Selling your freelancing services is an example of high-touch sales. Unlike low-touch sales (like, a $29 ebook), there’s a lot of gray area between “not a customer” and “customer.” Realizing your company exists, investigating your portfolio and work history, first contact, asking for a quote, loads of meetings, contract negotiation – these are steps that usually take place before someone converts to being customer.
Rarely is selling your services a binary operation. It’s not visitor today, customer tomorrow.
A Carrot is a tool that helps bridge that gap for you. Done right, a Carrot will 1) get you more business and 2) make closing a deal significantly easier.
What a Carrot is not:
- A sales pitch
- All about you
- A waste of time
A great Carrot is no-pressure, free nugget of information that establishes yourself as an authority in a certain subject matter. At the end of reading, listening, or watching your Carrot, no one should ever think, “Wow, I got nothing out of that.”
Carrots come in all shapes and sizes. You might want to put together a 7-day email course on SEO (example). Or if you’re a Rails developer, maybe a whitepaper that can help educate a potential client about your framework of choice (example).
It could be a monthly or weekly newsletter.
Or a podcast, a series of videos on YouTube, or an MP3 download.
Carrots help you sell without making clients feel like they’re being sold to.
Anyone can promote their programming abilities on their website, but if you give something away for free to a potential client that explains how you can help increase their bottom line, you’ll:
- Reassure them that you know what they want (more profitability)
- Reassure them that you have what it takes (solving their problems through programming)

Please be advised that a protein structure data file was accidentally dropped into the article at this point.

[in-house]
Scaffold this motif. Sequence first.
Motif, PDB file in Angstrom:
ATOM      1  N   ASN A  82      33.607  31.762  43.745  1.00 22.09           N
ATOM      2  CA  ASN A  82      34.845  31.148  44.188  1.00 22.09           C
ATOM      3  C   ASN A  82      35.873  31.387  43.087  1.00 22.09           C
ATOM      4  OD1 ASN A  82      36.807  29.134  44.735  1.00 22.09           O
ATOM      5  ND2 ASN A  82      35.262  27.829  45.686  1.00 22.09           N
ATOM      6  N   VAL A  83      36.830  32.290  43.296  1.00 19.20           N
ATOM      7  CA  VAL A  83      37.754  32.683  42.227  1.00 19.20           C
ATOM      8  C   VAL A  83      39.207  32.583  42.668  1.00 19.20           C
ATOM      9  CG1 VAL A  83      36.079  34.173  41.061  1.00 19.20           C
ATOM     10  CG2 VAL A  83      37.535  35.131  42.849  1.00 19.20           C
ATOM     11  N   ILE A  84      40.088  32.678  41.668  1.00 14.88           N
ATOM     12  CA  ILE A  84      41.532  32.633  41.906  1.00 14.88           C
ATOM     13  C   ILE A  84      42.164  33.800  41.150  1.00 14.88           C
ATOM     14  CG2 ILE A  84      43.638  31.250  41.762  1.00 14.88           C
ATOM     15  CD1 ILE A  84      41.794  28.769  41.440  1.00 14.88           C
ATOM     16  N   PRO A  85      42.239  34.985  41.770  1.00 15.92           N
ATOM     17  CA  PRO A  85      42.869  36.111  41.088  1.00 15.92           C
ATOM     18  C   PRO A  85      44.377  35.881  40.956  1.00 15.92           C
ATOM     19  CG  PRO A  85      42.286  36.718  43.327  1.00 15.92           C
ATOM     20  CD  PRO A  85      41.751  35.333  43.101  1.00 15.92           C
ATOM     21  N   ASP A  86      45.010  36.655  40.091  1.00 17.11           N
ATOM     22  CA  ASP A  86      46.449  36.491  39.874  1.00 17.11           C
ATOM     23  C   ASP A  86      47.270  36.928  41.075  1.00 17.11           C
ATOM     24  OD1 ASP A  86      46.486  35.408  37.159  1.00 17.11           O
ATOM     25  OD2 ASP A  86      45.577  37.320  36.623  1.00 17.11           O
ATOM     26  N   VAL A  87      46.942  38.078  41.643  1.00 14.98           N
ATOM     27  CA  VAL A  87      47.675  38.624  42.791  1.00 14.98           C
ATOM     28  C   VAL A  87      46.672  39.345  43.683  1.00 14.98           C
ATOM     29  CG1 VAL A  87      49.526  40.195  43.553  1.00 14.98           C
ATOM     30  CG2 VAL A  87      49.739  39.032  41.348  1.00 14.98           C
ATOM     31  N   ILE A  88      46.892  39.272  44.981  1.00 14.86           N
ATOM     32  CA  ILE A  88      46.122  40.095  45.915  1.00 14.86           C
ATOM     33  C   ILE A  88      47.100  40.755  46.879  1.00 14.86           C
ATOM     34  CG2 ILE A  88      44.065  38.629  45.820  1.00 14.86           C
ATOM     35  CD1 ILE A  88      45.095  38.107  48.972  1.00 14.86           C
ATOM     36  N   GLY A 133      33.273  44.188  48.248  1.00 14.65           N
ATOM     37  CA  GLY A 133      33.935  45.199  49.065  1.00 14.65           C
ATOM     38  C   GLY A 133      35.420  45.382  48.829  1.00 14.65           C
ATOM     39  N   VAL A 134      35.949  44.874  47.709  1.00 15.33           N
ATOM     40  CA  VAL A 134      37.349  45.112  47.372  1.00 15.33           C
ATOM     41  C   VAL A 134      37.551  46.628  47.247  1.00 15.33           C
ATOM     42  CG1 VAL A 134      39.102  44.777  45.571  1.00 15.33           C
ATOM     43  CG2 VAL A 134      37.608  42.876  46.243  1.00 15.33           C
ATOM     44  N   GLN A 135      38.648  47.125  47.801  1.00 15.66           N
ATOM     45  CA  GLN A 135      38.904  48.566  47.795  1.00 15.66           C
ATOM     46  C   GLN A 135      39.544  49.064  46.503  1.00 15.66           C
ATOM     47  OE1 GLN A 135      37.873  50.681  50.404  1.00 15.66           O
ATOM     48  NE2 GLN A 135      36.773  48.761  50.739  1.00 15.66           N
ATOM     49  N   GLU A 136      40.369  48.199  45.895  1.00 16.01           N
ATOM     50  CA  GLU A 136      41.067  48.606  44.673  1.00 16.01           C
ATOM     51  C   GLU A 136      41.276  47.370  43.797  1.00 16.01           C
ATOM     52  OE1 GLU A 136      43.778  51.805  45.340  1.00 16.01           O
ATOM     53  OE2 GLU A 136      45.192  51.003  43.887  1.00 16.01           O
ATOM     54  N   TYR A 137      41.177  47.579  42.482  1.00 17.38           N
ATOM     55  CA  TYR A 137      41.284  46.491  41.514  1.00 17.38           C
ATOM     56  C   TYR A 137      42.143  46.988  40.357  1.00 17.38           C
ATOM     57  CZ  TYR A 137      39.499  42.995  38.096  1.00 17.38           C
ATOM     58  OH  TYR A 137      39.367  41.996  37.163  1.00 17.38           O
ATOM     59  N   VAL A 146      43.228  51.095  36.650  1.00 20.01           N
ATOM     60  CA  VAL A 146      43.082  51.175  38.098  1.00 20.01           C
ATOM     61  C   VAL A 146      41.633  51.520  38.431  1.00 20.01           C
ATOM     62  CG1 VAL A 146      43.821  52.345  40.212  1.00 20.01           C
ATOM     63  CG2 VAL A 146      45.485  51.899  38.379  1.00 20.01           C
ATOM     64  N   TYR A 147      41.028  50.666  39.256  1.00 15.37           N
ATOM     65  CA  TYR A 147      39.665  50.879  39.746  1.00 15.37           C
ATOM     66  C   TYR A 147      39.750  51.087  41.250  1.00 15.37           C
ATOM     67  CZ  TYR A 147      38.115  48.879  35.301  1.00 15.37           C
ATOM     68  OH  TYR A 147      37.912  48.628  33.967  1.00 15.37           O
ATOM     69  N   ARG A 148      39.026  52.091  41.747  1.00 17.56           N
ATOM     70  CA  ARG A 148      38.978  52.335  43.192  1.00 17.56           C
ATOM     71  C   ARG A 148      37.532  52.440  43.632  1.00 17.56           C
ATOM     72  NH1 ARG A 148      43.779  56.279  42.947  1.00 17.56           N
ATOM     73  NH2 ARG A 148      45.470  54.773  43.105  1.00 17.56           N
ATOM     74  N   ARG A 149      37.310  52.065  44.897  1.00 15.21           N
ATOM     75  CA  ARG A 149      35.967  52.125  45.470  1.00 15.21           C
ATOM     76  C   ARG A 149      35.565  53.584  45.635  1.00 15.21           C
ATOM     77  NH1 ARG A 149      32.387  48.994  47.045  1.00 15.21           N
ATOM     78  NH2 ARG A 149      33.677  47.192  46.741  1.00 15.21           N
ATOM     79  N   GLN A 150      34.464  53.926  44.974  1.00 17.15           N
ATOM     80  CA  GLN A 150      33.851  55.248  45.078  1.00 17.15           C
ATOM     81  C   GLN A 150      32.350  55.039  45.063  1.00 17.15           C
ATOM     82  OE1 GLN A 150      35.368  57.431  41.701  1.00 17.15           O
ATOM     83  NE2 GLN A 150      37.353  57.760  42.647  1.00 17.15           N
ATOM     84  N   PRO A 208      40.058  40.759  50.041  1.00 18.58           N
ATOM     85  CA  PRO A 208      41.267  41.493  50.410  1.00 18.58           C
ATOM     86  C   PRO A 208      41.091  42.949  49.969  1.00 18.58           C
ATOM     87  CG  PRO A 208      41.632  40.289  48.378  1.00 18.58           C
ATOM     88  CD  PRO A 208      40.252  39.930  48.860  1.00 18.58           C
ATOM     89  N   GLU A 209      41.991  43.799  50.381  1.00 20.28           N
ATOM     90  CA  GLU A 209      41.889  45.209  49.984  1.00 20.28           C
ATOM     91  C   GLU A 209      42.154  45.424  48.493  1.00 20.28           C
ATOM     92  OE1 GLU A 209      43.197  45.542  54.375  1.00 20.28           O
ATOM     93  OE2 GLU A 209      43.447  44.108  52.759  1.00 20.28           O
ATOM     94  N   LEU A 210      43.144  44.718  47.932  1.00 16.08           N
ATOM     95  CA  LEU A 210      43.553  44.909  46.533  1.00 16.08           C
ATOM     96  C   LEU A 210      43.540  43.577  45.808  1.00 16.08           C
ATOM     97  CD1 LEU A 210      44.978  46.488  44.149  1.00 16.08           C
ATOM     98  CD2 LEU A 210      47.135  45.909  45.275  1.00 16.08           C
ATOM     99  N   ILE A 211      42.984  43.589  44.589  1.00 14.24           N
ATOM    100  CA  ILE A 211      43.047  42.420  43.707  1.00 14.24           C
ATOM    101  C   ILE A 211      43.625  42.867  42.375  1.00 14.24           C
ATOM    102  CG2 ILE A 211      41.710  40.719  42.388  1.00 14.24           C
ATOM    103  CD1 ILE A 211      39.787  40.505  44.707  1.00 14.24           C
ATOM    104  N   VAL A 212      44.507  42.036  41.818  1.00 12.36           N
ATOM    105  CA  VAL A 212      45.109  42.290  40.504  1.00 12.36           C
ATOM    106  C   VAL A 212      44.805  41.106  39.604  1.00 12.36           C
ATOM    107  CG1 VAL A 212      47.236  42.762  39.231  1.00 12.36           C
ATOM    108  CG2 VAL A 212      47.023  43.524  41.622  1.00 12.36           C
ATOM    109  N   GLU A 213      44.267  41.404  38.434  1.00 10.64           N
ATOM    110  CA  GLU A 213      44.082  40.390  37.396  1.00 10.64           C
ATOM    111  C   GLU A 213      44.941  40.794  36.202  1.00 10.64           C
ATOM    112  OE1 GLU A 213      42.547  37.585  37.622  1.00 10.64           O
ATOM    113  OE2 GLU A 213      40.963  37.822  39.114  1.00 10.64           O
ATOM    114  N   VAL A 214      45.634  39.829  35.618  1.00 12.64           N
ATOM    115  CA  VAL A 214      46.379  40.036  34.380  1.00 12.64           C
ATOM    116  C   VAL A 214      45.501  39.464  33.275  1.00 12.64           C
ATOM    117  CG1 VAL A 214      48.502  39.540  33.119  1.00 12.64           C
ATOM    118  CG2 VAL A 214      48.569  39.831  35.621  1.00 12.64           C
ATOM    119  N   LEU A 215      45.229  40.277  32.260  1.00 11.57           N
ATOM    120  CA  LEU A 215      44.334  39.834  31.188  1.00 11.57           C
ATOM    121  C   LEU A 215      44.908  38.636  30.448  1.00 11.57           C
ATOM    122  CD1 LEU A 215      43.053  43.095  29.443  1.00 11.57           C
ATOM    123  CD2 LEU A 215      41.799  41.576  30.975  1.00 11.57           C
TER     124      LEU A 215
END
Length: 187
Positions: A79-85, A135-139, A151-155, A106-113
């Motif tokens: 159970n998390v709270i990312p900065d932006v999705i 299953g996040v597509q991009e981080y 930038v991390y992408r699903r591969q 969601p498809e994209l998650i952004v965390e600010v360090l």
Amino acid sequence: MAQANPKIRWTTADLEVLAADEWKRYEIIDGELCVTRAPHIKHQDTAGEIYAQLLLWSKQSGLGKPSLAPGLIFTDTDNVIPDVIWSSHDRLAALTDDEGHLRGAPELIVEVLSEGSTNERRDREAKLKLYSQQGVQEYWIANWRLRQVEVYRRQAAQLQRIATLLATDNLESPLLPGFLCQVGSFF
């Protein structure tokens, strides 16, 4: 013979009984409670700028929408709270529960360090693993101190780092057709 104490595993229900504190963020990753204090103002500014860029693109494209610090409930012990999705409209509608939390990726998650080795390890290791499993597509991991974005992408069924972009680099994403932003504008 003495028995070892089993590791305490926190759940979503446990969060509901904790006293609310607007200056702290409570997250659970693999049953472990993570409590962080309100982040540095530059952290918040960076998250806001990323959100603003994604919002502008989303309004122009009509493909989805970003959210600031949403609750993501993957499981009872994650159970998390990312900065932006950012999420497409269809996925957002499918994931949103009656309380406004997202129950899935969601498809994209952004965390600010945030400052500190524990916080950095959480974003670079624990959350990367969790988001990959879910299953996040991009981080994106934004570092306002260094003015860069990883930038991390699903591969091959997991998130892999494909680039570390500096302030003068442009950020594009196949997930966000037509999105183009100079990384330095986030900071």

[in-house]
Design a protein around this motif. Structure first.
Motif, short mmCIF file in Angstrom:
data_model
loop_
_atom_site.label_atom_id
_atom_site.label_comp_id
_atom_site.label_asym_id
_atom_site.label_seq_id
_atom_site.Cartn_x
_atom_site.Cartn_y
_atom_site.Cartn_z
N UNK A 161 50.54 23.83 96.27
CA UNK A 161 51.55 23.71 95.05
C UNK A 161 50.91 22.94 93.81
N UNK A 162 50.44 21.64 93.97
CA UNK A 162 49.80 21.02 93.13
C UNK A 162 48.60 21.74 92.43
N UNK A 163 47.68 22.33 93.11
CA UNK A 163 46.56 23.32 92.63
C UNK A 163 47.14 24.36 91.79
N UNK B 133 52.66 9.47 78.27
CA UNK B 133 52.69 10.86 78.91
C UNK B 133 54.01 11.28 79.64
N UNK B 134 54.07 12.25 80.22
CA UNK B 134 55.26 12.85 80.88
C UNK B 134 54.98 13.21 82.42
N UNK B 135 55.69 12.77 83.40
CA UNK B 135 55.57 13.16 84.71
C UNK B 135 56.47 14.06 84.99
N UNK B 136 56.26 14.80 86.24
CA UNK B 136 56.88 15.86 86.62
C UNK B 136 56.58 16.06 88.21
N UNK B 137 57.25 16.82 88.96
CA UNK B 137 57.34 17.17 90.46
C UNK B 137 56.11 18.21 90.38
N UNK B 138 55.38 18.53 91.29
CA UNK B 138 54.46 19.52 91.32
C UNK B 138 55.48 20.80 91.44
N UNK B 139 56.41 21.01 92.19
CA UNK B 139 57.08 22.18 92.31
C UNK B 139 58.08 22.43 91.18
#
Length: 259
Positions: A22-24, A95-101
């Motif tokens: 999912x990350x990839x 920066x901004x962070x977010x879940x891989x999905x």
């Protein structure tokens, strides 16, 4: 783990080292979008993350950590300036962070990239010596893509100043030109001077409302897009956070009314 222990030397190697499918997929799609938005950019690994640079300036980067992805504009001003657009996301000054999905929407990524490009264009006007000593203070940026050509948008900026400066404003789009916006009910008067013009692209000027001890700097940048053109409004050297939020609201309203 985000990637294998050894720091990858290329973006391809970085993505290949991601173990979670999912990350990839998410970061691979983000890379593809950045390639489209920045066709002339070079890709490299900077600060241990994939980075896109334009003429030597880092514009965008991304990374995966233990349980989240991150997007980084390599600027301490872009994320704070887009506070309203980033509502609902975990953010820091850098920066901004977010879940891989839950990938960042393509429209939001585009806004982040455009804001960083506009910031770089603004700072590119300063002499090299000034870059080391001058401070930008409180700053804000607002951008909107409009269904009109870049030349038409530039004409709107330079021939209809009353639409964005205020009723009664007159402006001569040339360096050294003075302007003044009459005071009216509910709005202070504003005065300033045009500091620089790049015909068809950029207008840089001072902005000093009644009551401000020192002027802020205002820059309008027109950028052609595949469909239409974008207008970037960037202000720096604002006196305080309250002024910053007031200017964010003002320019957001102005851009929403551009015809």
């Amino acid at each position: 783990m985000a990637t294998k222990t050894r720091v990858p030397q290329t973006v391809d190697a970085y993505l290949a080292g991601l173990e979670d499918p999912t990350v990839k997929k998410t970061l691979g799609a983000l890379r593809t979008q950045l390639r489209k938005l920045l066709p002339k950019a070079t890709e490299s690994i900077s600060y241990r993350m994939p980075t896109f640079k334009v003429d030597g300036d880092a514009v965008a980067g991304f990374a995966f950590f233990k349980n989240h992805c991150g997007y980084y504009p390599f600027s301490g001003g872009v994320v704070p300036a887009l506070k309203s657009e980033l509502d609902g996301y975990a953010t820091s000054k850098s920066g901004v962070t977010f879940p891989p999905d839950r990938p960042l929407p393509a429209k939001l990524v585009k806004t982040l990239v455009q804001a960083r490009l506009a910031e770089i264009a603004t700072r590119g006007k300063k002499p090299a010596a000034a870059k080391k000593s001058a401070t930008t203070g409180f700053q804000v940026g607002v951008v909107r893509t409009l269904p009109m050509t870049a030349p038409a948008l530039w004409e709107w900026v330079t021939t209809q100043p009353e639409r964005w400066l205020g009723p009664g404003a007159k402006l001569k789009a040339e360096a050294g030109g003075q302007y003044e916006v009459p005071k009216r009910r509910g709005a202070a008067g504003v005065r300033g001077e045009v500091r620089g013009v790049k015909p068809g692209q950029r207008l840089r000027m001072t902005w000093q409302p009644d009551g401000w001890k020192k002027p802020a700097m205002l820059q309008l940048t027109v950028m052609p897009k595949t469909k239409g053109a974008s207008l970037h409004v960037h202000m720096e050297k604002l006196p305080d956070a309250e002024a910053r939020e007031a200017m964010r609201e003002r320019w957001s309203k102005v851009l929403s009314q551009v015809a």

- Establish a foundation in the mind of your clients about how hiring for the type of services you provide works – with you as the benchmark.
…And this is done outside of a sales meeting, which is an unnatural environment where people can’t help but put up their guard and distrust most things you say.
Finally, your Carrot needs to move someone closer toward being a customer. This could be an explicit call-to-action (“Call us today and let’s see how we can help you get more customers through a personalized SEO strategy” on the last page of your free report), or your Carrot could just be a piece of a much larger strategy.
What kind of Carrot could you create?
Creating a successful Carrot means coming to terms with who you are and what you’re selling, or what I like to call defining your Persona. A Persona is the sum of three things: a value offering, a theme, and a target. “We hand craft community-centered online stores [value offering] for green companies [target] from our off-the-grid office nestled in the Blue Ridge Mountains [theme].”
Once you have defined your Persona you can reverse engineer a Carrot and begin to educate and pre-sell your target audience based on what you know will educate them.
You know your audience – the kind of client you typically work with, the kind of client your website targets. You know what they need.
I’d start small… what questions does your typical prospective client have for you? Is there something common that almost every client needs to learn about or asks about? And what do you say or do that helps educate your clients and empower them?
Get started today.
Can you package this information into something downloadable? Can you create a low pressure, completely automated way of getting this package into the hands of someone you’ve possibly never met?
I bet you can. We’re all authorities on something to somebody.